The Home Affordable Mortgage Modification Program called HAMP, and the companion home refinance program (HARP) applicable to loans held or securitized through Fannie Mae and Freddie Mac, are touted by the Obama Administration as having the potential to help up to nine million homeowners.
On paper at least, both programs seem to have features providing real relief from abusive mortgage terms and unaffordable payments. As an alternative to bankruptcy or as part of a Chapter 13 plan, HAMP could provide the homeowner with protections roughly comparable to those under the proposed Helping Families Save their Homes in Bankruptcy Act under some sets of circumstances, but not under others. The primary difference between judicial modification in bankruptcy and the Obama plan is the requirement of voluntary lender participation.
The HARP program is limited in scope. It releases Federal funds to refinance existing mortgages that are current in repayment and do not exceed the market value of the house. It is aimed at homeowners who would have been able to take advantage of current lower interest rates if the fall in property values had not eroded their equity. Refinancing under HARP does not affect the total amount due on the mortgage, it only provides more favorable loan terms.
Savings to the homeowner with these programs are modest. As long as interest rates remain low and the homeowners do not default, there is no significant cost to the taxpayer. However, when one eliminates those people whose homes are seriously under water, those whose incomes will not support the modified payments, and those who would not realize enough savings to make refinancing worthwhile, the pool of potential HARP applicants is much curtailed.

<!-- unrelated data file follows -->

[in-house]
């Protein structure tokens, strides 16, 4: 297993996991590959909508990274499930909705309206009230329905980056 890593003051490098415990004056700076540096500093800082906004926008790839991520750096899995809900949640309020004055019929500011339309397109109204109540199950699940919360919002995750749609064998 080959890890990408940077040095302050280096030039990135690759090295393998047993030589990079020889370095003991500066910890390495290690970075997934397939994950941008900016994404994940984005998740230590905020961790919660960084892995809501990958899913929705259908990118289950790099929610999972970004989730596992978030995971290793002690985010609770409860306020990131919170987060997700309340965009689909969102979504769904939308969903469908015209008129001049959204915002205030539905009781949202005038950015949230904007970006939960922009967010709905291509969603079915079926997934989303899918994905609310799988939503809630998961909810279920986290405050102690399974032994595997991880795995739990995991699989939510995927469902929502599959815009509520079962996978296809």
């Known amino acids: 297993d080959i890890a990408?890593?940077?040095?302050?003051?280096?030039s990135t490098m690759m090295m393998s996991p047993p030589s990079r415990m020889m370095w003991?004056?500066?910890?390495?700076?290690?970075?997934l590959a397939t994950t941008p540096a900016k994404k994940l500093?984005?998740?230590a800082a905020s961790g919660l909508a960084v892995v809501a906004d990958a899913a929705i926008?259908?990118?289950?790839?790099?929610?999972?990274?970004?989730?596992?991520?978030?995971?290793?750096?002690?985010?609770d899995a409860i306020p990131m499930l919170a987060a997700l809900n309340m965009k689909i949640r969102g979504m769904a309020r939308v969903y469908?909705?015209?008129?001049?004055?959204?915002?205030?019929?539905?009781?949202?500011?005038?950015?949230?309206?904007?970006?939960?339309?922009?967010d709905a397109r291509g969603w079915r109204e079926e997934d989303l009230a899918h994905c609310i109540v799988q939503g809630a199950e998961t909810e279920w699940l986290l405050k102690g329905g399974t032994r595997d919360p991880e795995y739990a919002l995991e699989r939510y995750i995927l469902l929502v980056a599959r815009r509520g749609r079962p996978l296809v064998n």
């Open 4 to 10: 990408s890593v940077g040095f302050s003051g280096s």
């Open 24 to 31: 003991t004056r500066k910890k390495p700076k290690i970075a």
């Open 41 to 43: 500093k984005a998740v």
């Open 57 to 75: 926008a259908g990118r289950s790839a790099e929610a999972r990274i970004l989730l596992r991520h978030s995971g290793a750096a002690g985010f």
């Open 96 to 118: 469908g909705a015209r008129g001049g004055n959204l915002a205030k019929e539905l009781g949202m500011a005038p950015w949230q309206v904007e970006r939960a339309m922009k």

HAMP has more potential benefits but there are many potential roadblocks to relief for the homeowner. Under this program, homeowners faced with foreclosure or unaffordable payments due to income reduction can modify a mortgage with their existing lender, provided the lender agrees to the modification.
Key features of HAMP are a provision to put a portion of the principal into forbearance to reduce payments, a payment target of 31% Debt to Income ratio (DTI) regardless of balance, and direct government subsidies to both lenders and homeowners.
These programs show considerable overlap with the Hope for Homeowners Act, a foreclosure prevention tool that went into effect October 1, 2008, and has found few applicants (fewer than 100 as of January, 2009). HAMP applicants are required to consider the HOPE program, and it is not clear which program applies if a person is eligible for both.
For the lender, participation in HAMP is optional, but required as a condition of receiving future bailout funds. Once enrolled, a lender must consider all borrowers who request it. However, an enrolled lender is required to modify the mortgage only if allowed by the applicable pooling and servicing agreement, and only if the net present value (NPV) after modification exceeds the pre-modification NPV. This creates additional loopholes.
As of March 27 2009, more than a month into the program, no lender had enrolled. However, administrative difficulties with the program may be responsible for this poor showing. Given the uncertainties about implementation, timing, and eligibility, a homeowner who has received a foreclosure notice would be well-advised to consider filing for Chapter 13 bankruptcy to stop a pending foreclosure, anticipating that it may well be possible to either incorporate or substitute HAMP (or an as-yet unimplemented change in the laws) during the course of the plan.
The cost to the government, and ultimately the taxpayer, is potentially large if many people qualify for subsidies. There are also concerns about how the program would operate if continuing high employment produces a rash of defaults on the modified mortgages, or if the economy enters an inflationary phase and home values start to rise again.
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Last modified: October 22, 2012